Some friends thought they had finally found an undeniable contradiction in the New Testament. Two weeks ago, the sermon on Sunday focused on the command (Matthew 5:48) that we must love as God loves. More than loving those who love us, followers of Christ must love people who hate us, forgive people who offend us, even pray for angry souls who persecute us. We must love as God loves; that is, completely. Then last Sunday, one of our Bible Study classes hit the wall with 1 Corinthians 5:11. Paul writes, “I meant that you are not to associate with anyone who claims to be a believer yet indulges in sexual sin, or is greedy, or worships idols, or is abusive, or is a drunkard, or cheats people. Don’t even eat with such people.”
Someone raised a logical question: “So are we supposed to love everybody, the good and the bad? Or should we shun them because they are evil?” On the surface, questions like that seem to make sense. You can’t have it both ways; either you love everybody, or you turn your head and refuse to look at some people because they are evil. What does God really want us to do?
Here’s the answer: To love someone means to desire what is best for that person; to refuse to tolerate angry, hateful feelings toward that person. Followers of Christ love everyone and desire what is best for everyone we know. However, common sense dictates that the command to love everyone does not equate with the idea of spending time with everyone. You don’t have enough time to spend an hour with everyone in your church, much less the nation or the world. You can’t choose whom you will love but you absolutely have to choose whom you will spend time with. This is where godly priorities come into play.
You and I have a Christian obligation to lost people in our world: we want to reach them for Christ. I can’t reach people without having a venue for sharing Christ with them. In order to build a bridge for sharing my faith, I have to make a conscious decision to reserve some time for lost people in my circle of influence. I can’t possibly spend time with every lost person I know, but I strategically spend time with some because I believe I can use my influence to point them to faith in Christ. So I choose to spend time with some people based on the chance that I may have enough influence to carry out ministry.
By contrast, you and I have a different obligation to people in our church. We must love them, encourage them, pray for them, and do our best to help them grow to maturity in faith. If people in the church adopt habits that make a mockery of the faith, we must find ways to correct them. First we pray for them. Then we rebuke them. Then we warn them. And then if all else fails, we remove them from membership in the church, in hopes that they will repent and return. That’s precisely what happens when Paul’s first letter (5:1) warns the Corinthians they should not tolerate a man in the church who is living in sin with his step mother. Eventually, he is excluded from the church. But after the man repents, Paul writes a second letter (2 Corinthians 2:7) encouraging them to forgive him and restore him before he becomes discouraged! That’s the cycle of grace.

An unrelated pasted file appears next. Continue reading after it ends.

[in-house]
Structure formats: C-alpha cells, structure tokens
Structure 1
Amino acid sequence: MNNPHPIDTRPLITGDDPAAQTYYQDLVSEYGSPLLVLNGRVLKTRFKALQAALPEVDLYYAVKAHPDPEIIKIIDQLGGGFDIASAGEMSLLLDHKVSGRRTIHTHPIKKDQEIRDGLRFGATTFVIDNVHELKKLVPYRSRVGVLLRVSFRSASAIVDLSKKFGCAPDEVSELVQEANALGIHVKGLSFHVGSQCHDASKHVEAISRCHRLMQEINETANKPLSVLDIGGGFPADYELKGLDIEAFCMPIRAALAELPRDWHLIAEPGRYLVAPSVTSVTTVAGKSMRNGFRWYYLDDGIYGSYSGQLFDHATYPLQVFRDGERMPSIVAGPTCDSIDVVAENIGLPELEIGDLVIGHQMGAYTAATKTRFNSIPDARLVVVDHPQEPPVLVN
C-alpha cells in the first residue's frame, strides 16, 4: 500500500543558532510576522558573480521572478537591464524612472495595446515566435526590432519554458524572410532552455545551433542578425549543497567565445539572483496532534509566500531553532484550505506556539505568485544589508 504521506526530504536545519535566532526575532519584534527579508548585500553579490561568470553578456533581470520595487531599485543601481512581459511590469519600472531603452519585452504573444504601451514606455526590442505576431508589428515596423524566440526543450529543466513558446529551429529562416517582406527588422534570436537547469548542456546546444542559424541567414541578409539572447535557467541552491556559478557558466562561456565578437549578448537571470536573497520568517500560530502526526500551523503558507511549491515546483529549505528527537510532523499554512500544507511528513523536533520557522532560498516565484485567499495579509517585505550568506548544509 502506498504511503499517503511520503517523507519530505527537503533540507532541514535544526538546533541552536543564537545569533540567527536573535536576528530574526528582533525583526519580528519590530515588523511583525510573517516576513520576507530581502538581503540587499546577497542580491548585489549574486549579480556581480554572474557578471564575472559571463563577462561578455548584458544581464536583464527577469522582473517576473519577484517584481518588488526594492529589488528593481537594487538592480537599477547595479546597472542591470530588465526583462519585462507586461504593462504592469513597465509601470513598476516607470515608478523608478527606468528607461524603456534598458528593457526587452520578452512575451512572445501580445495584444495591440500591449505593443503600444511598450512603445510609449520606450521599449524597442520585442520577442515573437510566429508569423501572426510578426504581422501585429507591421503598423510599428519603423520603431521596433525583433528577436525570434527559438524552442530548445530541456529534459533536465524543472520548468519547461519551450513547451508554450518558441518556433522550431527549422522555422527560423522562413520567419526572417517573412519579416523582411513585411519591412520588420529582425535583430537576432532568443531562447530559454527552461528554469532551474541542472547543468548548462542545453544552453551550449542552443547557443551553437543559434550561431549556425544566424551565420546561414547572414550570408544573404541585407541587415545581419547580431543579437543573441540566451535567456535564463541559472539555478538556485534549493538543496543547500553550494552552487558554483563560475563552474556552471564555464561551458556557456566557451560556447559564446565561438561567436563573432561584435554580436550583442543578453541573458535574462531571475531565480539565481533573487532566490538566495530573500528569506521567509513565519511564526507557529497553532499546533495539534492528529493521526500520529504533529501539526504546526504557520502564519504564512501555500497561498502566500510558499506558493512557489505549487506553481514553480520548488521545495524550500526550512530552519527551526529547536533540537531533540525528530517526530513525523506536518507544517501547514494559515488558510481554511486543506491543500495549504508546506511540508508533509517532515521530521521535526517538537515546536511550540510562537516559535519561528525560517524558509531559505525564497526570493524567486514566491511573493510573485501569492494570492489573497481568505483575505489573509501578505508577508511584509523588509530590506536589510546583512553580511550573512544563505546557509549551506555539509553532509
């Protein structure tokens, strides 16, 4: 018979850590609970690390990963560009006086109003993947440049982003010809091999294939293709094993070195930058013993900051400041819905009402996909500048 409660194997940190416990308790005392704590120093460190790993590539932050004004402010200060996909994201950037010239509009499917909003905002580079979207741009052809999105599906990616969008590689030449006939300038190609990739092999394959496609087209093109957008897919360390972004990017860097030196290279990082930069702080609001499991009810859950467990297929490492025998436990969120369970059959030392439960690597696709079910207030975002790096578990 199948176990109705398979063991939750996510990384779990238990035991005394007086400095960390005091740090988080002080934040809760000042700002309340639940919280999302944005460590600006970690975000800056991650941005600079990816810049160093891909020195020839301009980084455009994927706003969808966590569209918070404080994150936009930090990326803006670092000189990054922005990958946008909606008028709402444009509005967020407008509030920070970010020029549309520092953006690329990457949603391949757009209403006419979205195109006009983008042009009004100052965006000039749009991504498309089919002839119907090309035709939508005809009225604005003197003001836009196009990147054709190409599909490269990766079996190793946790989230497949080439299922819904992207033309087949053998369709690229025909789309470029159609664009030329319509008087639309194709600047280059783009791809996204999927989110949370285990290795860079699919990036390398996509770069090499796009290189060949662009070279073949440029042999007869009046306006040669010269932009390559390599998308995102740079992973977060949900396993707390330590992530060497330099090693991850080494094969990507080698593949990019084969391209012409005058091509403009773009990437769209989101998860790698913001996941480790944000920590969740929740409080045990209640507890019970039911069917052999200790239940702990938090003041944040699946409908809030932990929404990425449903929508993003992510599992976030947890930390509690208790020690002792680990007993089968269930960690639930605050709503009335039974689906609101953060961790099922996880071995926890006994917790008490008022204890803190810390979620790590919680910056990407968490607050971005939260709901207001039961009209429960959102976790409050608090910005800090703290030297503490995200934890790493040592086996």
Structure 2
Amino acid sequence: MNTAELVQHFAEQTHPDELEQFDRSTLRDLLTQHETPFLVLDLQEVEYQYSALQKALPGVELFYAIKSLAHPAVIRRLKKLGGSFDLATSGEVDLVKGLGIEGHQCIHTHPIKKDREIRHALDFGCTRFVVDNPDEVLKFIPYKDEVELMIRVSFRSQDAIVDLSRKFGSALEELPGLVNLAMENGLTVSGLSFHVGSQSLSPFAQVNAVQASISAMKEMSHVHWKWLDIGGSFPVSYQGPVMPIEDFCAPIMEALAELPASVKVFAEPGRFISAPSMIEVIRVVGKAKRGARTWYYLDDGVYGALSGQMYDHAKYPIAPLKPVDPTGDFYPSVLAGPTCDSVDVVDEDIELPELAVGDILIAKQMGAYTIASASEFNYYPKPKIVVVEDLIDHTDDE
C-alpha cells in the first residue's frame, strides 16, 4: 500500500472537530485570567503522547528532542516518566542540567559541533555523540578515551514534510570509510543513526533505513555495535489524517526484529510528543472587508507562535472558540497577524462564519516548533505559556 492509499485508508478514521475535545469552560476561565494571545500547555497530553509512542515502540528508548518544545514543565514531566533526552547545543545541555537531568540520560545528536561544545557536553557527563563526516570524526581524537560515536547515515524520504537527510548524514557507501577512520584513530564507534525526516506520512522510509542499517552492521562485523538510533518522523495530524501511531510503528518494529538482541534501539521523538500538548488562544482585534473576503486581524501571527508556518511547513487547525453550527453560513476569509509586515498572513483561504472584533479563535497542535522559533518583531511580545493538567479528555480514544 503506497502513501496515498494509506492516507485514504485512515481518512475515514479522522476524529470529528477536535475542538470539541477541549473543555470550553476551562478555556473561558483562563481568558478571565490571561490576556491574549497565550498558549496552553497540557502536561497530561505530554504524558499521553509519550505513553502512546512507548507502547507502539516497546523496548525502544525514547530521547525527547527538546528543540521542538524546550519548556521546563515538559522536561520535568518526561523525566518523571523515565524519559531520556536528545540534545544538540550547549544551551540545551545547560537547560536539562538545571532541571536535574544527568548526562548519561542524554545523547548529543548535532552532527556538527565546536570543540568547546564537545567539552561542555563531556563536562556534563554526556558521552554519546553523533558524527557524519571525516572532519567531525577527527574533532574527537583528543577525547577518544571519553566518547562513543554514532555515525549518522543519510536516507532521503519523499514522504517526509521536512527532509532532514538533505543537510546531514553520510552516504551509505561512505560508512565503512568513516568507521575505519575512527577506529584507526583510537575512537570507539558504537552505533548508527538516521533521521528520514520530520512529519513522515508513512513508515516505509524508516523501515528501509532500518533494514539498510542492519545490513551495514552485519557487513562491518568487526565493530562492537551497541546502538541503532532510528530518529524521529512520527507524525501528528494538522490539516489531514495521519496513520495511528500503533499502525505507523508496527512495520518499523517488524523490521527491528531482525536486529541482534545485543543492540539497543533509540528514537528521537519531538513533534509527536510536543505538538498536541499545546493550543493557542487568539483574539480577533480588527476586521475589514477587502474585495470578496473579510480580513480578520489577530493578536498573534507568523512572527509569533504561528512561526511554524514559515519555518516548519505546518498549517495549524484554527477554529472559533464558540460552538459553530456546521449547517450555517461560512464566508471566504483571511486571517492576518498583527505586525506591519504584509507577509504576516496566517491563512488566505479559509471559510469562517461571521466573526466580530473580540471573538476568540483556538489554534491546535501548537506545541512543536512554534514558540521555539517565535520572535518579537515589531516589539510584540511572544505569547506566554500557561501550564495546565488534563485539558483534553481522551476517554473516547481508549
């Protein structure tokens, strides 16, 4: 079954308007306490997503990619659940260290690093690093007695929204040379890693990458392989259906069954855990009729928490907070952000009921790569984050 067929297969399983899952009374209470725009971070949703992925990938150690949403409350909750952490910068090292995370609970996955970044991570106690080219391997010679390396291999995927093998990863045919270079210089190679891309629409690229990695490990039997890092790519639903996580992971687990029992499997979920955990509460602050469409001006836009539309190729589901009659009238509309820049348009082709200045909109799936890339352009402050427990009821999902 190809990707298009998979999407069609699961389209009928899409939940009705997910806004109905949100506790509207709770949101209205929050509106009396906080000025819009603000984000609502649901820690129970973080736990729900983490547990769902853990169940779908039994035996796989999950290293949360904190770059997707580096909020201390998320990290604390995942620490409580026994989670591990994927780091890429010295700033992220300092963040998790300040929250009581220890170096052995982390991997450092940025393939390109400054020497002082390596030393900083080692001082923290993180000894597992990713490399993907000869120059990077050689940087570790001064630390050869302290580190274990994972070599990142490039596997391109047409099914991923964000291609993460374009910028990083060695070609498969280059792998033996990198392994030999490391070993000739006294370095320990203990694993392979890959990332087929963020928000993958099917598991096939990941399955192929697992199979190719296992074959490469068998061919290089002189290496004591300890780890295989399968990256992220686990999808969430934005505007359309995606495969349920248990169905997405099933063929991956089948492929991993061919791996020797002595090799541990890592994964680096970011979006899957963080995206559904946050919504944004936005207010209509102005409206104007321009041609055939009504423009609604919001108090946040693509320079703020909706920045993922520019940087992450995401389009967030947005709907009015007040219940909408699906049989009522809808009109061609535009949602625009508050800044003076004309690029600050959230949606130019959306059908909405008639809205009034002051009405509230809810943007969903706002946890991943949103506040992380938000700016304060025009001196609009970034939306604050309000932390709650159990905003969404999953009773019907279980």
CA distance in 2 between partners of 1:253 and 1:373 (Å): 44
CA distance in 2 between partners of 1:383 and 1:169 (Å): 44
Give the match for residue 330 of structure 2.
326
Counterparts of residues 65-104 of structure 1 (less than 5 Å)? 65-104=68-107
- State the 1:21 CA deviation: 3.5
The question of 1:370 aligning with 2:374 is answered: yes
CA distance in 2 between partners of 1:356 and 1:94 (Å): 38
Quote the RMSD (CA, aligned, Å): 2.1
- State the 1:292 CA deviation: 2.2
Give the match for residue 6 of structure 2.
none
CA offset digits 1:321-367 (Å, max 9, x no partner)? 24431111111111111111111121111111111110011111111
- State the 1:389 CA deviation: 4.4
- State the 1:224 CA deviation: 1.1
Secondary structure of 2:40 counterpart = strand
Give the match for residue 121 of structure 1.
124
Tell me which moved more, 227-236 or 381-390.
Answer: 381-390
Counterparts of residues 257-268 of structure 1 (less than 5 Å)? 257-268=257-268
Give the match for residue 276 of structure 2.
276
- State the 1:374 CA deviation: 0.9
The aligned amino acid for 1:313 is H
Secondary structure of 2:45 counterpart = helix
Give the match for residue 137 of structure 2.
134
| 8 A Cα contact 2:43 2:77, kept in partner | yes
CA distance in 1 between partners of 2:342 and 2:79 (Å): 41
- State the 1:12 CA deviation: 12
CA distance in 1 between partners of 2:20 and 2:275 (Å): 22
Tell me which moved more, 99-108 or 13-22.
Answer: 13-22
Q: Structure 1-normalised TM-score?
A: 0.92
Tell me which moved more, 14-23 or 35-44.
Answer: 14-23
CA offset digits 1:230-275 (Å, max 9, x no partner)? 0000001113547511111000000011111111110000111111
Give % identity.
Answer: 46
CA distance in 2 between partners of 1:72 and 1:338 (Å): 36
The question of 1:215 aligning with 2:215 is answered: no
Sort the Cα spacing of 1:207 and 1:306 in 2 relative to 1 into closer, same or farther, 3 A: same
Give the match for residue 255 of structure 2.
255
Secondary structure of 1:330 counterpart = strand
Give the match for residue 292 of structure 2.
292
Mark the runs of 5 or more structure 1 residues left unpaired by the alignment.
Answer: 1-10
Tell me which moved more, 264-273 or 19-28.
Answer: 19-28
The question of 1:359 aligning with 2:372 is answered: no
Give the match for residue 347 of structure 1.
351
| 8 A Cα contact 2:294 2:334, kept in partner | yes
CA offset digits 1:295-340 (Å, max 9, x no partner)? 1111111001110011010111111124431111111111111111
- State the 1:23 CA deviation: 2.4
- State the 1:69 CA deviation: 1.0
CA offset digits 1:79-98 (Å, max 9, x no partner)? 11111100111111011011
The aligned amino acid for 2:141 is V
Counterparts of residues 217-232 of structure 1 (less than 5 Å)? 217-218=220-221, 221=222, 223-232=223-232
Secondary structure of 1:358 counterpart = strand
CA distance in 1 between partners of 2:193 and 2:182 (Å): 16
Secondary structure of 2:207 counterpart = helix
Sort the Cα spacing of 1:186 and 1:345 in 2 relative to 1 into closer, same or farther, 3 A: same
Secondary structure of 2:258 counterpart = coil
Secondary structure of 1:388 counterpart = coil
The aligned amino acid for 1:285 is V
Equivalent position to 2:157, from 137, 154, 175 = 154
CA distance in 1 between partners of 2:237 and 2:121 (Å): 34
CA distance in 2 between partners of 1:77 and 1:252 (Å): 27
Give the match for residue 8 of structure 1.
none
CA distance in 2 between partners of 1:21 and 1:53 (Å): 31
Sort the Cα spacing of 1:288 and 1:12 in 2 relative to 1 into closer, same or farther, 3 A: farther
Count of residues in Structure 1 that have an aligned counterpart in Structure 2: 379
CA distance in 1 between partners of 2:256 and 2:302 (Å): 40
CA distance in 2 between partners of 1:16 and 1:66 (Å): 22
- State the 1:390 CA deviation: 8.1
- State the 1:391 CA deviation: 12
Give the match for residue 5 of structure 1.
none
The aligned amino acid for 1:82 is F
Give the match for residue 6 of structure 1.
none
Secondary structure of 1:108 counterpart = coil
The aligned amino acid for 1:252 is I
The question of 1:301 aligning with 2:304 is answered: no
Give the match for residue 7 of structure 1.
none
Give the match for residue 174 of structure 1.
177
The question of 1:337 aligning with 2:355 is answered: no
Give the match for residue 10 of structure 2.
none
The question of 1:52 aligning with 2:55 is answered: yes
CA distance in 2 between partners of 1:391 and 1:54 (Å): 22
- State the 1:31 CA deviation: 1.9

In the name of mercy, 21st Century churches tend to overlook immorality among members until it spreads and becomes routine. Tolerance turns up everywhere until holiness can’t be found anywhere. In Corinth, the believers dealt strongly with an immoral brother, and were able to restore him to friendship, membership and spiritual health.
Refusing to associate with a person does not mean you must shout at him, glare at him, or treat him harshly. It simply means you advise him that his behavior is a stain on the reputation of your church and, regretfully, you will invest your time with other people you can genuinely help until such a time as he recognizes his need for repentance and restoration. That’s not mistreatment: it’s tough love. People who are afraid to be firm in their love are often the very people who enable others to slide farther into sin and self destruction. Love refuses to watch a brother drown.
Love like God loves. And lift up the Cross!